If you’ve not used Win8 on a touchscreen (and you should – it’s great) you can swipe your finger in from the left hand edge of the screen to bring up the start bar, and the right for the Charms.  It works well on tablets, and even on touch enabled laptops you find yourself touching the screen rather than moving the mouse.  On a trackpad however the same gestures just don’t work.  You’re unlikely to accidently swipe your finger over a screen, but you’ll move your finger over the edge of a trackpad all the time when moving the curser around, or scrolling across screens.  Finding the option in the Mouse settings (Settings Charm > Control Panel > Hardware and Sound > Mouse) for your trackpad and turning those gestures off makes a world of difference.  All of a sudden the OS doesn’t seem to have a mind of it’s own!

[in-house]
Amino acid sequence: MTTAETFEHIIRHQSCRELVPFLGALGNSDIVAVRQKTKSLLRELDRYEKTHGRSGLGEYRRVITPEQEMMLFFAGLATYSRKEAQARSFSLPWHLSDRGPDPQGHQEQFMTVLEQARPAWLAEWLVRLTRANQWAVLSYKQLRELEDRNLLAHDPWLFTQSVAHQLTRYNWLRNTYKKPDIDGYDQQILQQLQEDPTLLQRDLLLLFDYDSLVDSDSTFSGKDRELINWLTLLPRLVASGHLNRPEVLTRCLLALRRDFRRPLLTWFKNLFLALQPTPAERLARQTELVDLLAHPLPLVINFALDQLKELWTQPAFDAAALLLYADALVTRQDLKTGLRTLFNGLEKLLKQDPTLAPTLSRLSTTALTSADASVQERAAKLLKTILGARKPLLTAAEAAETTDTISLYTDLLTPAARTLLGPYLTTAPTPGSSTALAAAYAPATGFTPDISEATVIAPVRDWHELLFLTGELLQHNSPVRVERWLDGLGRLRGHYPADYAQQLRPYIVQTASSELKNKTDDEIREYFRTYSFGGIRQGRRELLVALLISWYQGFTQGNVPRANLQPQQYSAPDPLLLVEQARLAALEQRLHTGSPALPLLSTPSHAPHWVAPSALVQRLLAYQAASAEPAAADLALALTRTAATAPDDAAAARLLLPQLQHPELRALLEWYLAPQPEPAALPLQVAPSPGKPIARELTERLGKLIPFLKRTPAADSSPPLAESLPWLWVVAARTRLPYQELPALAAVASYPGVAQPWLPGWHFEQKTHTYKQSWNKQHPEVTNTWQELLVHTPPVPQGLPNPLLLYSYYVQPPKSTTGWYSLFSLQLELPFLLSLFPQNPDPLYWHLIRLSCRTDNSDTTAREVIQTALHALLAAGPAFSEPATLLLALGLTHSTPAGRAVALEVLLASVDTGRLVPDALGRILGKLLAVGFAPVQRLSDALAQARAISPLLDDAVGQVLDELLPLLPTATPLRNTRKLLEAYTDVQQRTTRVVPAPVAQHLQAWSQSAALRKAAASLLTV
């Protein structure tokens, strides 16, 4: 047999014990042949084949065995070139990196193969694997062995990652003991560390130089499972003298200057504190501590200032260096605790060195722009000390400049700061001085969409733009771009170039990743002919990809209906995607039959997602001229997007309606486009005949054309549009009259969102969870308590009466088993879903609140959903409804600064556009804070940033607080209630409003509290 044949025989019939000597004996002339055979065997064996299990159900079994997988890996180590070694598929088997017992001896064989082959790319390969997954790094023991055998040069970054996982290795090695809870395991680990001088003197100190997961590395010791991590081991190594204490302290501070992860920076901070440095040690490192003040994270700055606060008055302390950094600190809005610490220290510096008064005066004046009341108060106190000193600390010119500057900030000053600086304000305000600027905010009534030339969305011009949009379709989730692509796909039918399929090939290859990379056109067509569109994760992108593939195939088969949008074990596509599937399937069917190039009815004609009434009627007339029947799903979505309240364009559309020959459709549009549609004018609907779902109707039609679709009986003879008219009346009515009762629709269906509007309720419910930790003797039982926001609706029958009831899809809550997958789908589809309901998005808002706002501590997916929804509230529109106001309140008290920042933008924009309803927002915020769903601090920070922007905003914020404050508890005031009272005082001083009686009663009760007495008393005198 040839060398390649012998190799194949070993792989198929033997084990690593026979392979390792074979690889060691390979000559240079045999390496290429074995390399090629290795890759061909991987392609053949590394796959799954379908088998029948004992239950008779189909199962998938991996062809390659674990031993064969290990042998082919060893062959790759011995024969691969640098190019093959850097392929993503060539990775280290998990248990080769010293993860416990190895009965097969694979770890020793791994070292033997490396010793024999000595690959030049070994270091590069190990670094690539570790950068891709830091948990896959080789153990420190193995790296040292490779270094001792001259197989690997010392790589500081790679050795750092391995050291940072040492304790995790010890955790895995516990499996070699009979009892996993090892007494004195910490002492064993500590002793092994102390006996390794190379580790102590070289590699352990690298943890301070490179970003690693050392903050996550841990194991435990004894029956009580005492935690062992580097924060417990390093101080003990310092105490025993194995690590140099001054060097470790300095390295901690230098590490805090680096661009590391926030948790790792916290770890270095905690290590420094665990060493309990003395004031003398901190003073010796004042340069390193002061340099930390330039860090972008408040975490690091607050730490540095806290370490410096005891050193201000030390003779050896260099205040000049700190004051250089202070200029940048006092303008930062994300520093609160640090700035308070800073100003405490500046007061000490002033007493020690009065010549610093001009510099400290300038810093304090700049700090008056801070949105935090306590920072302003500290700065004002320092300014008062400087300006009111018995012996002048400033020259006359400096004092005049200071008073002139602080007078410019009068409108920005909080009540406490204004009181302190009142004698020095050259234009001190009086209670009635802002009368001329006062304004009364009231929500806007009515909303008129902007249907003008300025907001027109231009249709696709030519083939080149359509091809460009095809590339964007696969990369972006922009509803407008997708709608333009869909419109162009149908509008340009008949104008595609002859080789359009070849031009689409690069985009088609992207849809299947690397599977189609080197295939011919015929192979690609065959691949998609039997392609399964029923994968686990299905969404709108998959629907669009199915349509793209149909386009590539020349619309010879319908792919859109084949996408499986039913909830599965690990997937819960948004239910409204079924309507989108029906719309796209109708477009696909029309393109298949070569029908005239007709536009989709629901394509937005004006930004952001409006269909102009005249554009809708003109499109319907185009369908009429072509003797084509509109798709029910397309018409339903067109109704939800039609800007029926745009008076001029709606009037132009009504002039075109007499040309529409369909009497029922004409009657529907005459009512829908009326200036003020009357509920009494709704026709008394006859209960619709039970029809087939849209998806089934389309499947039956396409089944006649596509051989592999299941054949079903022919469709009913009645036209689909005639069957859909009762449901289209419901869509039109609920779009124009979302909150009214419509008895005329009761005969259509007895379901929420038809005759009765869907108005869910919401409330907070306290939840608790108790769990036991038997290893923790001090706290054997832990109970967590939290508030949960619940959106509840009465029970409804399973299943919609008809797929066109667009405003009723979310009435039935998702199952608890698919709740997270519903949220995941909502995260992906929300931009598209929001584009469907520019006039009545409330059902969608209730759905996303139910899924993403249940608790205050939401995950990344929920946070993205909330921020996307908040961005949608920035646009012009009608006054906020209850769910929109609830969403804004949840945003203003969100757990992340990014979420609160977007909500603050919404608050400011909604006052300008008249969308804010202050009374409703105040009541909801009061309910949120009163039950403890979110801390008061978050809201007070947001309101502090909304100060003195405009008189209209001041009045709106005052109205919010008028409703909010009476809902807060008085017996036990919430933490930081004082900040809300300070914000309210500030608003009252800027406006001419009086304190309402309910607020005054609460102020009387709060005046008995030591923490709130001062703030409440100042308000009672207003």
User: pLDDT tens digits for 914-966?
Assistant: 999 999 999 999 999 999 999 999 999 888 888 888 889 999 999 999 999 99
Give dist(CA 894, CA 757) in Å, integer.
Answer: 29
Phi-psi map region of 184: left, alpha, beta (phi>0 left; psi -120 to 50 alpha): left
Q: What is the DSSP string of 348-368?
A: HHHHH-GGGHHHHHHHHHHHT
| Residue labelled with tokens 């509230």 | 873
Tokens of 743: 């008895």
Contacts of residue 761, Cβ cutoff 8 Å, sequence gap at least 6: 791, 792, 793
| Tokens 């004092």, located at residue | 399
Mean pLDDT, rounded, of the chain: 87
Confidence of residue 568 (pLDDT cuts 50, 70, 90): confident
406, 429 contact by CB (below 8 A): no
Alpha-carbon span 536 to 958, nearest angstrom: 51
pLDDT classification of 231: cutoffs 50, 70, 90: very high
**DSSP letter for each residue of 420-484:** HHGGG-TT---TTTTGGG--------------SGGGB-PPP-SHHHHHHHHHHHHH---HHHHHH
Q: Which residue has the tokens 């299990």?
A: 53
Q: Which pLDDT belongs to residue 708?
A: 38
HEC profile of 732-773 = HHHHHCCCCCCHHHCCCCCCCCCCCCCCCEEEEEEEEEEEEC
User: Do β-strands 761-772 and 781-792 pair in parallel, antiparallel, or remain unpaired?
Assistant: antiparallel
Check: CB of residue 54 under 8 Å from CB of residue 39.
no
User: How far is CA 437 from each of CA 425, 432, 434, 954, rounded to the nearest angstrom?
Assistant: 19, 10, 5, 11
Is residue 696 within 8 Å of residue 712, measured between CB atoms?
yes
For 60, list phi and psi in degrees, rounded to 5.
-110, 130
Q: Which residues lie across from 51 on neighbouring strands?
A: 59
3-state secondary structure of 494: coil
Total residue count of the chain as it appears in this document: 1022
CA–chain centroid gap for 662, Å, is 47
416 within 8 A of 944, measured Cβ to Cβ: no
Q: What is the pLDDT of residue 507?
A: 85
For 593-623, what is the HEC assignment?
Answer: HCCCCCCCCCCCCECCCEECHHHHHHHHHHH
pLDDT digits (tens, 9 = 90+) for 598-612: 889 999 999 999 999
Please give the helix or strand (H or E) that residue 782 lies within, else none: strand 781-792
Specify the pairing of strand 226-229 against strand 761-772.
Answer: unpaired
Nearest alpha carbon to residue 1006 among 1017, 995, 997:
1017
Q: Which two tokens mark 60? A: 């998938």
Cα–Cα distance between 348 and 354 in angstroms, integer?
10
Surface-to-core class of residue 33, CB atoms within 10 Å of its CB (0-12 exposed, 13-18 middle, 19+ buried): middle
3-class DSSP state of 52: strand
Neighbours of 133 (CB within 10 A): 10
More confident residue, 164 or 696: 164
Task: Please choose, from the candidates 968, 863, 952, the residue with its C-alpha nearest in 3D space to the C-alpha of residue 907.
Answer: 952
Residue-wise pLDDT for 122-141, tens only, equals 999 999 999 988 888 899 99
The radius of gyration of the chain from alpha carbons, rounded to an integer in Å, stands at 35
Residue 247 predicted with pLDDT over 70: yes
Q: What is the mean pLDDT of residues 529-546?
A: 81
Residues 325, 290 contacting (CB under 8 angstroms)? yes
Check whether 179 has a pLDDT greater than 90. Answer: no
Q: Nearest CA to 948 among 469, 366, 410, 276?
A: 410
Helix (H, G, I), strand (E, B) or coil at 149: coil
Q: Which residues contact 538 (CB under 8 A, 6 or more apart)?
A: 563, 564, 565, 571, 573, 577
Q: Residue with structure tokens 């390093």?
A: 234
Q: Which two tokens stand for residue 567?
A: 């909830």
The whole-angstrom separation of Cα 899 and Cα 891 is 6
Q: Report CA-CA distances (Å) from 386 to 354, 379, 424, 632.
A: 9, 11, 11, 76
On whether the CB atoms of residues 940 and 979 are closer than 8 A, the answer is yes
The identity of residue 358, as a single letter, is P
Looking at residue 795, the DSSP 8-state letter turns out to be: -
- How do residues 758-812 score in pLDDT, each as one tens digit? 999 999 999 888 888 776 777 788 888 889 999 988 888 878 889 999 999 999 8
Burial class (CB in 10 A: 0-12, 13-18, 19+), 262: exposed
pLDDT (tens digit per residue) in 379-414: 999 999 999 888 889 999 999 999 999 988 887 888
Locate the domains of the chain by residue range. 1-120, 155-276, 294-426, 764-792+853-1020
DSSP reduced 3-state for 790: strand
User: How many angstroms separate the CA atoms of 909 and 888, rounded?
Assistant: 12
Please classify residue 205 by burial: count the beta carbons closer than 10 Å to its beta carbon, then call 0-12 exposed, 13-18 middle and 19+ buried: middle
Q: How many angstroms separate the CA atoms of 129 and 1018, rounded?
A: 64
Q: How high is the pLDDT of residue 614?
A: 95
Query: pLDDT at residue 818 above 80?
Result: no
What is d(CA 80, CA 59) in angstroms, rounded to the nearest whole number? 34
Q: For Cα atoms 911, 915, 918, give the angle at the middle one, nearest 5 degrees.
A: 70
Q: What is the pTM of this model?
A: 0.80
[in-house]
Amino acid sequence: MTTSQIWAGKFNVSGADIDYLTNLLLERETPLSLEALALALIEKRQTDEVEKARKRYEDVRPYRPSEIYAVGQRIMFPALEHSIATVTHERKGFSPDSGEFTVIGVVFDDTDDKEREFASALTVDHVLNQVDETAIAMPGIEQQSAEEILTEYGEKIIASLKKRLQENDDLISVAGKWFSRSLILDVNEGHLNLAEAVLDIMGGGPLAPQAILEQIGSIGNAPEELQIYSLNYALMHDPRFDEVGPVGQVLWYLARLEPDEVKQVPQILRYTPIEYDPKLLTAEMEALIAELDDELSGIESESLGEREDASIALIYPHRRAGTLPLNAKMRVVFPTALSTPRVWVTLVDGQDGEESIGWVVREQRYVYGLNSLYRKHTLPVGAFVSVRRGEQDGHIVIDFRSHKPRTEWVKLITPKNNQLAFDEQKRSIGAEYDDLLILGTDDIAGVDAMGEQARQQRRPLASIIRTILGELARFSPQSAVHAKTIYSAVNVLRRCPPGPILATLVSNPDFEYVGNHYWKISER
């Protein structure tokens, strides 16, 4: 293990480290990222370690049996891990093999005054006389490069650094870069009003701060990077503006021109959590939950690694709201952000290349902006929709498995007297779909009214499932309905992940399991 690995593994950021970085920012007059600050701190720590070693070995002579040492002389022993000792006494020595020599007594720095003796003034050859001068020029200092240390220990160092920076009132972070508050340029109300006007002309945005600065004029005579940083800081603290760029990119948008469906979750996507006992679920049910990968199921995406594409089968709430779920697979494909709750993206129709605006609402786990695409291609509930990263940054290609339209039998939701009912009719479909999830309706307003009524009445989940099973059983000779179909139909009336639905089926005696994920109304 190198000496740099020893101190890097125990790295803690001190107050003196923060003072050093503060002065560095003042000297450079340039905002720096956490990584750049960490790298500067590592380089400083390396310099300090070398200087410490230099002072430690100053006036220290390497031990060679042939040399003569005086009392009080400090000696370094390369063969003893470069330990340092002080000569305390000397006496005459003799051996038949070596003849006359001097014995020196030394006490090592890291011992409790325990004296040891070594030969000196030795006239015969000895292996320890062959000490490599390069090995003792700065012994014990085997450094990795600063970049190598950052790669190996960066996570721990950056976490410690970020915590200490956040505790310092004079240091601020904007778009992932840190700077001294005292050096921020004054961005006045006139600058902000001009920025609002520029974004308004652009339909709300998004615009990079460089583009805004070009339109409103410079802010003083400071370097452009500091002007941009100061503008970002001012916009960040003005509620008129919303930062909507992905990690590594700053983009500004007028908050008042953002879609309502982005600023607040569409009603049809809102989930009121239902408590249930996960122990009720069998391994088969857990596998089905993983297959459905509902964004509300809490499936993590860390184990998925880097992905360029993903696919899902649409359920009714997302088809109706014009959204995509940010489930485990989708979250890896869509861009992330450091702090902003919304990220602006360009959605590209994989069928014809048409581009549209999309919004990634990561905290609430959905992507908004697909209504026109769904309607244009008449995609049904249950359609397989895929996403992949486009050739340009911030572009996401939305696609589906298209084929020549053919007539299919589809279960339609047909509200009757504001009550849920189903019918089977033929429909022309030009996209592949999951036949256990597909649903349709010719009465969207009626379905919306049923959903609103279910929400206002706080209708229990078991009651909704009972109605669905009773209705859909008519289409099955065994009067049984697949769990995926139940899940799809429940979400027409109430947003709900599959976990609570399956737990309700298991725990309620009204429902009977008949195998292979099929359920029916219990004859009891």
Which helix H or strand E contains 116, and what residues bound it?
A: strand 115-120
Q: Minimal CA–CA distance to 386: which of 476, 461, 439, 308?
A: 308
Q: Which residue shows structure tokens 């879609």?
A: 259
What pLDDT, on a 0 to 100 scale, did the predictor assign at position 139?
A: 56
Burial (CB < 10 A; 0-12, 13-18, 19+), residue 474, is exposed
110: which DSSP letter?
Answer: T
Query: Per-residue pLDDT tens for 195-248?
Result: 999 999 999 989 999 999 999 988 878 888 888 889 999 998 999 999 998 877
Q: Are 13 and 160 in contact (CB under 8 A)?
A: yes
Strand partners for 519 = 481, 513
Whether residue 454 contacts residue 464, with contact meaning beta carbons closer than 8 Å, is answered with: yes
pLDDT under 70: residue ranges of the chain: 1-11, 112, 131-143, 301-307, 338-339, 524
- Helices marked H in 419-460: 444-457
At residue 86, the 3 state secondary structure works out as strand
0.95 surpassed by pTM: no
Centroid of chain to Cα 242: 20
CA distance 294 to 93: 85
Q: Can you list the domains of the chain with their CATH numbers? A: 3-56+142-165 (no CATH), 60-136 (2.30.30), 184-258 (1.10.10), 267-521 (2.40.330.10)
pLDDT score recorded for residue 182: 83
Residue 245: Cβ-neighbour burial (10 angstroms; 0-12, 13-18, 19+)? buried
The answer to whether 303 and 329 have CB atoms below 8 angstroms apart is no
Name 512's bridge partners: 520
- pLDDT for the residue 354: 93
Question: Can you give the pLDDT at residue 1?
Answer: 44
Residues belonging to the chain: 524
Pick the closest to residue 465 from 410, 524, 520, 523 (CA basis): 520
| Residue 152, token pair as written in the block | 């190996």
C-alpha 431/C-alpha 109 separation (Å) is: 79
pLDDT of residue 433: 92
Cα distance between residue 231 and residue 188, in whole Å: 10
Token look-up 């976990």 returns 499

As well as the dodgy trackpad settings, all of the laptops I’ve helped people with have had Antivirus software installed… Now in the past that would have been a good thing, but Windows 8 actually comes with its own AV software – Windows Defender.  The only reason the vendor installs AV on there is because McAfee et al pay them to.  In my experience Defender is much quicker than the 3rd party tools.  Sure there are pro’s and con’s to everything but in my view Defender does a good job and ‘feels’ faster.  Uninstall the others.  You can check Defender is running afterwards by looking in the Action Center (Settings Charm > Control Panel > System and Security > Action Center).